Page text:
• This is often a situation better managed by specialist substance abuse teams than in primary care.

  • Carbamazepine is sometimes used to manage withdrawal symptoms in specialist units.

  • Regular follow-up: this will be based on how each individual patient does. If the patient is developing withdrawal symptoms frequently then they will need to be seen more often. Otherwise, review weekly as the dose of benzodiazepine is tapered.

Further reading and references

  1. Edinoff AN, Nix CA, Hollier J, et al; Benzodiazepines: Uses, Dangers, and Clinical Considerations. Neurol Int. 2021 Nov 10;13(4):594-607. doi: 10.3390/neurolint13040059.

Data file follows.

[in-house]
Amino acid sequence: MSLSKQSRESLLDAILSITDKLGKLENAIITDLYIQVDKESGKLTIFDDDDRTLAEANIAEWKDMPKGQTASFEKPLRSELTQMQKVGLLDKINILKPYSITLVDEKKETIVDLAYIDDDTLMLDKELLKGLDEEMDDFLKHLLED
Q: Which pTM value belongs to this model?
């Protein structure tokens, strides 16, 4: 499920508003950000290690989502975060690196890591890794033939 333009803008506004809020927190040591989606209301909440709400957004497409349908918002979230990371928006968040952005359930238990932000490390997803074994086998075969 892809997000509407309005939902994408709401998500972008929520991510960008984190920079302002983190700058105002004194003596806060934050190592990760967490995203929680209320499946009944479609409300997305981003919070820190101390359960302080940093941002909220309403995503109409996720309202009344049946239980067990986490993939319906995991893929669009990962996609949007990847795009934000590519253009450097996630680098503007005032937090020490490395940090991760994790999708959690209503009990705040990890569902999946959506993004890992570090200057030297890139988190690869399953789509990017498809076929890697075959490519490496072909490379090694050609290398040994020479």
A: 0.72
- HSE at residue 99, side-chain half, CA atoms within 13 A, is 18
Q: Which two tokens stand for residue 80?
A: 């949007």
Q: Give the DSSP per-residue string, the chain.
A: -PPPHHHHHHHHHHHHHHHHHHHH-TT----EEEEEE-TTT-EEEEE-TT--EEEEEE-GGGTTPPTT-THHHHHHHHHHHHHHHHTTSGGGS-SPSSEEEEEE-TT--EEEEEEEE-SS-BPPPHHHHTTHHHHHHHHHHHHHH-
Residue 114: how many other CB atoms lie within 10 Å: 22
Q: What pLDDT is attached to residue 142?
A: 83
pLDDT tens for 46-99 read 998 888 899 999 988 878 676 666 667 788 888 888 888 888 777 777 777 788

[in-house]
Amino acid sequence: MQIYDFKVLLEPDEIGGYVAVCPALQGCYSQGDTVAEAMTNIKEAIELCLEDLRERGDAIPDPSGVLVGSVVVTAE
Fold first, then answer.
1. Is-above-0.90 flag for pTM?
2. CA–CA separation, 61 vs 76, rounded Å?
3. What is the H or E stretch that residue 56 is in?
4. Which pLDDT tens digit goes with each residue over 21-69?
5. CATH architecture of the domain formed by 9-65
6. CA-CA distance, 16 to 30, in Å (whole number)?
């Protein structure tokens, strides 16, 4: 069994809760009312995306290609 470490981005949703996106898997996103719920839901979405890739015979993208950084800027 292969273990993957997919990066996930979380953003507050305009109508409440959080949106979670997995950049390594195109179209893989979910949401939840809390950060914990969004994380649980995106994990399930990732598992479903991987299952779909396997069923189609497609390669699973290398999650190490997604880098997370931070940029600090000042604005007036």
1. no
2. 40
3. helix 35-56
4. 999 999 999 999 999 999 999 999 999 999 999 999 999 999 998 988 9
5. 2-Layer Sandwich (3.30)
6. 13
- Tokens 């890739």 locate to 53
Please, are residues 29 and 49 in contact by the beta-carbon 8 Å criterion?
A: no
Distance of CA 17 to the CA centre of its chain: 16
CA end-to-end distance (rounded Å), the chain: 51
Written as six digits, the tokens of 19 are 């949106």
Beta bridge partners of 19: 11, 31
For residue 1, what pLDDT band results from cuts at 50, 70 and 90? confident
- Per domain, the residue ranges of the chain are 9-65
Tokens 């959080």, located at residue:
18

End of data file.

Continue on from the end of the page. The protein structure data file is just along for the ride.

2. Medicines Complete BNF 87th Edition; British Medical Association and Royal Pharmaceutical Society of Great Britain, London.
  3. Benzodiazepine and z-drug withdrawal; NICE CKS, April 2022 (UK access only)
  4. Drug Safety Update: Addiction to benzodiazepines and codeine; Medicines and Healthcare products Regulatory Agency (MHRA), December, 2014
  5. O'brien CP; Benzodiazepine use, abuse, and dependence. J Clin Psychiatry. 2005;66 Suppl 2:28-33.
  6. Kennedy KM, O'Riordan J; Prescribing benzodiazepines in general practice. Br J Gen Pract. 2019 Mar;69(680):152-153. doi: 10.3399/bjgp19X701753.
  7. Generalised anxiety disorder and panic disorder in adults: management; NICE Clinical Guideline (January 2011 - updated June 2020)